Updated: Feb 12
How many times have you overextended yourself by saying 'yes' to too many things? You have you own set of tasks and responsibilities, but also a mountain of other items that you've found yourself agreeing to do. You always say yes, but sometimes is is perfectly ok to say, no.
As a business owner, you're probably used to over-achieving and getting things done. You might view yourself endlessly capable and therefore committing to everything. You're likely that go-to person for people in need of assistance. You always seem have an answer, a helping hand, and some time to invest in the things you find most important.
These are all wonderful characteristics to have, especially as an entrepreneur. However, there comes a point where you'll need to learn how to say the word, 'no.'
It can be hard to turn down friends, family, and even employees when they are asking for help, even if it's small. But the results of saying no can be freeing and allow you to dedicate yourself fully to when you do say 'yes!'
It takes both practice and patience (mostly with yourself) to become skilled at saying the word no.
For this section of the Business Owner's Handbook, we put together a simple guide for you to follow to practice saying no.
1. Plan Ahead Each Day
Planning on saying 'no' is a lot easier than turning down a friend or colleague in the moment. One of the harder points of saying no is overcoming your deep desire to help. By planning ahead you're assessing what you're capable of helping with before the ask occurs.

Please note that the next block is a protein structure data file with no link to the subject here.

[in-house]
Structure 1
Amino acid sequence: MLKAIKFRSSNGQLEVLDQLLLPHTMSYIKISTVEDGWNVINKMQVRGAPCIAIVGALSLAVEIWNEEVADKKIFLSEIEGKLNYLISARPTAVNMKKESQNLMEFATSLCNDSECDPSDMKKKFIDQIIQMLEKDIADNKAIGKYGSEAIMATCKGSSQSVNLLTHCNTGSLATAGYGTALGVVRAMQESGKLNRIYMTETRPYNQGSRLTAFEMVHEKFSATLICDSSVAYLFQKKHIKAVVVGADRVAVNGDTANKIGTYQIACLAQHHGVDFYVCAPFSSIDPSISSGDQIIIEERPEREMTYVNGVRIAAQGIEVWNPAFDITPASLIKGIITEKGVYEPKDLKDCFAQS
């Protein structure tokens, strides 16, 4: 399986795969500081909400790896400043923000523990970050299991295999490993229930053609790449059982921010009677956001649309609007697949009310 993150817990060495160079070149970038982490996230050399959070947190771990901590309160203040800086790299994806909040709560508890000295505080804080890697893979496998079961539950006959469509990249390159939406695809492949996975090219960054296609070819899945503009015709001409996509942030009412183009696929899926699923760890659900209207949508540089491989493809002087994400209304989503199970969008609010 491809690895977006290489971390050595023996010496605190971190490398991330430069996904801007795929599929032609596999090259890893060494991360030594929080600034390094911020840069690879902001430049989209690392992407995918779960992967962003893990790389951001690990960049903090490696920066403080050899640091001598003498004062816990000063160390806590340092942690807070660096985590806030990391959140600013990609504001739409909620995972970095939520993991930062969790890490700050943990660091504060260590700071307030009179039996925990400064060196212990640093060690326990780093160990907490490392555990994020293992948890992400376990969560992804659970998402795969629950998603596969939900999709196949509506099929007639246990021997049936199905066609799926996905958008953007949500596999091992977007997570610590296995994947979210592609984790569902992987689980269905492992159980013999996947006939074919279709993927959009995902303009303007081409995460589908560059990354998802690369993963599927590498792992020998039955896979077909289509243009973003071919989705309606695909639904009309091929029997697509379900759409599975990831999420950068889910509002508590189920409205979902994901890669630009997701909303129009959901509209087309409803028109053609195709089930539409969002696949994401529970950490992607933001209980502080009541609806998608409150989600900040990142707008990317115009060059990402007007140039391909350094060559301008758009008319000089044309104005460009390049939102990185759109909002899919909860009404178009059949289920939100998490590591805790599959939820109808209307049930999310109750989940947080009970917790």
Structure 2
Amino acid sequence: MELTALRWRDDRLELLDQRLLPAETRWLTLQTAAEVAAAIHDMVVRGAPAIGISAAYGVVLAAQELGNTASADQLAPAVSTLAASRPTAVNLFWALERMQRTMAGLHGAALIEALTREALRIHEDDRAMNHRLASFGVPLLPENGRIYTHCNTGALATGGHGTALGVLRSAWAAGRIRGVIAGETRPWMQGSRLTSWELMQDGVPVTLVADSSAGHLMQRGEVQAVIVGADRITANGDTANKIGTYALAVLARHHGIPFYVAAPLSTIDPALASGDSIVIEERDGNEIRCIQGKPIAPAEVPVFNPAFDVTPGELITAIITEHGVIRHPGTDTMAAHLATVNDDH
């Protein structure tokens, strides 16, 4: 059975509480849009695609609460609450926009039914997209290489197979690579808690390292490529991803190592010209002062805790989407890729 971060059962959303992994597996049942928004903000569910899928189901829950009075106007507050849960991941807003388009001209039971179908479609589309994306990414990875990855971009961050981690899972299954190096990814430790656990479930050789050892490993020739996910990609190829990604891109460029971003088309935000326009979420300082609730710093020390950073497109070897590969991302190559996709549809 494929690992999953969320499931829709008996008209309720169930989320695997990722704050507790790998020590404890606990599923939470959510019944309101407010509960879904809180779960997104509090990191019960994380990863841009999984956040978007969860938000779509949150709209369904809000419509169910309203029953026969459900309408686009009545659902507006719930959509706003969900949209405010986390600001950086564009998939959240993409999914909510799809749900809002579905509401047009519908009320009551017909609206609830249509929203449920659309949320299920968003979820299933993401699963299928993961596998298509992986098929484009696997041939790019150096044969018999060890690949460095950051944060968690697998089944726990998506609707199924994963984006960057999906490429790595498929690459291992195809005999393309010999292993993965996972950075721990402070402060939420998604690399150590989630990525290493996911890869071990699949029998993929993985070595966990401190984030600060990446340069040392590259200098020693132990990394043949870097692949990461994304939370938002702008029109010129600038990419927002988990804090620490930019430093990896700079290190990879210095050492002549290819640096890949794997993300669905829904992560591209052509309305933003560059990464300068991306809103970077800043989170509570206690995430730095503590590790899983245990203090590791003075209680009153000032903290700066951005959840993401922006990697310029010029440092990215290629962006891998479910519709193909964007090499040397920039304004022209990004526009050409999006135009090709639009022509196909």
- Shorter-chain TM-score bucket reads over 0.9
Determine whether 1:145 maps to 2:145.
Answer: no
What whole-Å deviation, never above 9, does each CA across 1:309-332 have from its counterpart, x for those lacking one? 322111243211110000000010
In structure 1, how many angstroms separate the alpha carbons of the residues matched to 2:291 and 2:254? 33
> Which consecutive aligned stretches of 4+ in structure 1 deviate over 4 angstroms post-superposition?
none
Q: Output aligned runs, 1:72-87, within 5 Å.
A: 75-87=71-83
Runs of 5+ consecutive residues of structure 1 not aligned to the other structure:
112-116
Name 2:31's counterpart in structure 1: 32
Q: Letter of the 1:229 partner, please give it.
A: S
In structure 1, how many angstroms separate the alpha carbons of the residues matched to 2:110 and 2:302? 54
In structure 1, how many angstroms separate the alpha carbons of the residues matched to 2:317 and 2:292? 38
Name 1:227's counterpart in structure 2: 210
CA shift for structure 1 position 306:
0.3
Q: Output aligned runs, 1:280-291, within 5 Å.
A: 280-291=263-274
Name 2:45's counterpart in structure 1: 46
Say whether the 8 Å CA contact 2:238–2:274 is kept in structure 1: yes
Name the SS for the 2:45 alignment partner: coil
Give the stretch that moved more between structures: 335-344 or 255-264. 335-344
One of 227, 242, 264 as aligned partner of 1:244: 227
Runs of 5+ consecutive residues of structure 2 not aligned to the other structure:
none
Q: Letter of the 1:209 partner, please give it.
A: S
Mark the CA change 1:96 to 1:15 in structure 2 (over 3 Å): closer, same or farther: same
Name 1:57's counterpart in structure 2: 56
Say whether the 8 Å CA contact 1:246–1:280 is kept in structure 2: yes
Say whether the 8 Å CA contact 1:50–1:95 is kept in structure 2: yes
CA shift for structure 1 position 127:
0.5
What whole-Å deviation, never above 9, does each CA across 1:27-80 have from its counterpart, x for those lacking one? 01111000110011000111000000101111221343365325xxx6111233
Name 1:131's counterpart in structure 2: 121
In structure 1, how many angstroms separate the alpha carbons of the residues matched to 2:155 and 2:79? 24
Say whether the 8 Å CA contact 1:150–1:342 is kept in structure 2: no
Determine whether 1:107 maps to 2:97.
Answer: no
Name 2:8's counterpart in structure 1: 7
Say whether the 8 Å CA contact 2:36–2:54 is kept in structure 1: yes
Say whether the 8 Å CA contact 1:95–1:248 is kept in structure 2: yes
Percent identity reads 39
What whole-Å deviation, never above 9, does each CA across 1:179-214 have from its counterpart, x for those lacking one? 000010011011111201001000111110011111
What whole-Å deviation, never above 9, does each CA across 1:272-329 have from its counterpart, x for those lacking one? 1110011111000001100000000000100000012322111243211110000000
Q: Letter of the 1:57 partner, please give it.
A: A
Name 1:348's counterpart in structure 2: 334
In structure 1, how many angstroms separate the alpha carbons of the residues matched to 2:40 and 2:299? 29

It is very critical to understand why you need to say no in order to be capable of doing so. By planning ahead you're educating yourself on your limits so that you can better adhere to them as people approach you for help.
How to Plan Ahead:
Take the time to reflect on your schedule and how you're feeling each day. If you have a full plate, promise yourself not to take on anymore than you already have. Assess how much time, emotion, and brainpower you have available for others. Then allocate that bandwidth as needed throughout the day.
2. Don't offer an explanation
When you do say 'no,' resist the urge to explain yourself. Excuses can lead to potential opportunities for your friends or family to change their requests as a means accommodate a 'yes' from you instead.
For example, if you say you are busy at a particular time, they might adapt and ask when is best for you (a.k.a. when is a time that you can accept the task).
This might sound harsh, but setting boundaries and understanding that you do not owe others an explanation is a critical to your own well being.
How to Avoid Explaining:
Politely decline the task and offer up a respectful apology without details. Something like: "No, I apologize but that is not within my bandwidth for today"
3. Offer an Alternative
Whenever possible, offer an alternative suggestion when you turn someone down. If they ask for your assistance with a particular problem and you can't help, but happen to know someone that can, connect the two.
Plus, this has the added benefit of still maintaining the persona that you're the person with the solutions. Even though you couldn't help personally, you still knew who could or gave positive direction.
How to Offer Alternative:
This one is likely much easier for you to accomplish than the others. But do not fall in the trap of giving detailed advice. Instead, ensure that you point them in the right direction and then remain hands off.
For example: "I unfortunately cannot help with that, but I think John can help. Here's his number."
Ultimately, the top tip for saying 'no,' is to just do it. Once you start saying 'no,' it becomes easier over time!
If you find yourself constantly at the limits of your capacity, you might also want to consider bringing a business coach on board. They can help you prioritize, but also can help coach you on things like saying no.
Curious? We offer free consultations to help acquaint small business owners with the concept of business coaching. Schedule your free consultation below!